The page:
In short, according to Friedman and Schwartz, because of institutional changes and misguided doctrines, the banking panics of the Great Contraction were much more severe and widespread than would have normally occurred during a downturn.
Let me end my talk by abusing slightly my status as an official representative of the Federal Reserve. I would like to say to Milton and Anna: Regarding the Great Depression. You’re right, we did it. We’re very sorry. But thanks to you, we won’t do it again.
It’s interesting to me that the collapse that the Federal Reserve “accidentally” caused just happened to be the same collapse that allowed their good friends in corporate banking to centralize financial power for decades to come.
Today, we may be seeing a similar scenario unfolding. Look at it this way – The lockdowns were completely unnecessary. They didn’t stop infection rates and thus they didn’t save any lives anyway. In fact, the states with the harshest lockdowns and strictest mask mandates also had the worst infection spikes.
The covid unemployment programs are mostly unnecessary and only justified by the pointless lockdowns. And the stagflationary conditions have been mainly inflamed by the trillions in stimulus that the federal government and the Federal Reserve printed from thin air to pay for the unnecessary covid response programs and unemployment. The covid checks and loans have conjured a workforce calamity, but they have also fueled a retail buying spree which is mostly enriching manufacturing hubs like China, triggering exploding shipping demand and shipping costs, straining the supply chain, jamming up cargo ports and raising overall prices by leaps and bounds.
Every single element of this crisis has been engineered. And I would suggest the possibility that, like in the Great Depression, major corporations are once again in a convenient position to devour the small business sector and become the only game in town for all retail and services.
Not only do corporations benefit from the death of small business, but so does the Biden Administration in its relentless pursuit of covid vaccine mandates. Consider for a moment that small businesses are the antithesis to covid controls. Why? Because they offer people who refuse to take the experimental vaccines an alternative to major retailers that might demand to see their vax passports. Small businesses are much more likely to defy the draconian mandates, so Biden also wins by removing competition to the corporate oligarchy that support his controls.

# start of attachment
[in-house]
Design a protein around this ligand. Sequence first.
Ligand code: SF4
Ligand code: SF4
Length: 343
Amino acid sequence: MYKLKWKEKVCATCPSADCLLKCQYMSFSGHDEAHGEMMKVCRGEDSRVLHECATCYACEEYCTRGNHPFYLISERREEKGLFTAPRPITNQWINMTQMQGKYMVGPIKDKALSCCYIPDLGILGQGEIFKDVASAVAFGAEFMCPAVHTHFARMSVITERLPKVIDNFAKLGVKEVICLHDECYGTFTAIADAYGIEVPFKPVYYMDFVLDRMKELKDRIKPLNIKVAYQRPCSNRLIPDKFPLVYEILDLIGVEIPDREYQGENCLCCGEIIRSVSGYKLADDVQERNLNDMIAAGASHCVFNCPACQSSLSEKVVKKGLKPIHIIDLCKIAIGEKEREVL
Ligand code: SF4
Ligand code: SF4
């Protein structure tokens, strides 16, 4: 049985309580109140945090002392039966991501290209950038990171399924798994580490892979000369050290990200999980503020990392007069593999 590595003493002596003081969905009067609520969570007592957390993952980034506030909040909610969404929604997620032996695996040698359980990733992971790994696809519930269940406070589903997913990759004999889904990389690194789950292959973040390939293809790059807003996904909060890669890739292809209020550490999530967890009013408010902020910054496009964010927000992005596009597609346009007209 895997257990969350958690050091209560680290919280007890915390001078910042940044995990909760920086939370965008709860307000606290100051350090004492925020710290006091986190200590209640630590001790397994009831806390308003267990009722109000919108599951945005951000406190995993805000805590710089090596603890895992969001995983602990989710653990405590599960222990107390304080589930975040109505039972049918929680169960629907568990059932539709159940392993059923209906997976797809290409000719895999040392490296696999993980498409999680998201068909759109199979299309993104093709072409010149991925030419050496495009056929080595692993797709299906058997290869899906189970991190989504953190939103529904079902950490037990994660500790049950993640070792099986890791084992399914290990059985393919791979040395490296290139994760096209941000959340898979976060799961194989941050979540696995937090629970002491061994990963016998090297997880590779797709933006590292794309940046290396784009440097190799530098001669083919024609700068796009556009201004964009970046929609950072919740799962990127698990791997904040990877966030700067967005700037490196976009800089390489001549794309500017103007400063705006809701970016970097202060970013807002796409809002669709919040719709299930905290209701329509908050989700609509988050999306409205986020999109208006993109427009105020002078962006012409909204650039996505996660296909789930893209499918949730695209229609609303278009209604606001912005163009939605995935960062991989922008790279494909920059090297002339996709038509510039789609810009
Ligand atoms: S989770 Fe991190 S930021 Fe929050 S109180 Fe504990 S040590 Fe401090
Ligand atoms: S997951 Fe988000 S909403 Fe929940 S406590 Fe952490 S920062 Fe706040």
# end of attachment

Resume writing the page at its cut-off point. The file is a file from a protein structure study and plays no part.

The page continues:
Even if a small business complies with the passport mandates it will not save them, because the amount of extra costs involved in enforcement will be too much for most of them. Constantly policing customers and employees for up-to-date vaccine cards will become a full time job. Any slip up could mean a $70,000 to $700,000 fine, and because they have already submitted to the passports those businesses will have no backup from the community if they try to refuse to pay. They will ultimately close down anyway.
Without liberty minded small businesses, the only options left for the unvaxxed will be self employment (which will also be made more difficult over time), or barter and black markets.
Ironically, it is this threat that also creates an opportunity for small business owners. If they band together within their communities and let their communities know that they absolutely will not enforce the vaccine passports on employees or customers, then they could actually have a way to compete with and defeat the big box stores. They would have far more potential workers applying for jobs so their employee pool would grow at this critical time, and, they would gain all the customers in their area that also refuse to comply with the jab. Unless they are operating in a blue county, they will likely gain considerable business.
All the incentives are there. Small businesses will succeed and local communities will have options for defiance of medical tyranny. Will it anger the overlords? Yes, but who cares. They want to put you out of business anyway, so why not take a risk and fight back? The choice is to make a stand now, or live under the heel of a boot for the rest of your days. That’s all there is.
However, these measures need to be taken now before it’s too late. I also expect that as stagflationary pressures mount smaller businesses and the communities around them will have to start considering alternatives to the U.S. dollar. Precious metals are one option, along with barter and trade or local scrip as long as it is backed by commodities. There is much to be done. It is time for small businesses to accept the possibility that they have been targeted for destruction; they can do nothing and wait for the hammer to fall, or they can take measures to protect themselves. I suggest the latter.
Brandon Smith has been an alternative economic and geopolitical analyst since 2006 and is the founder of Alt-Market.com.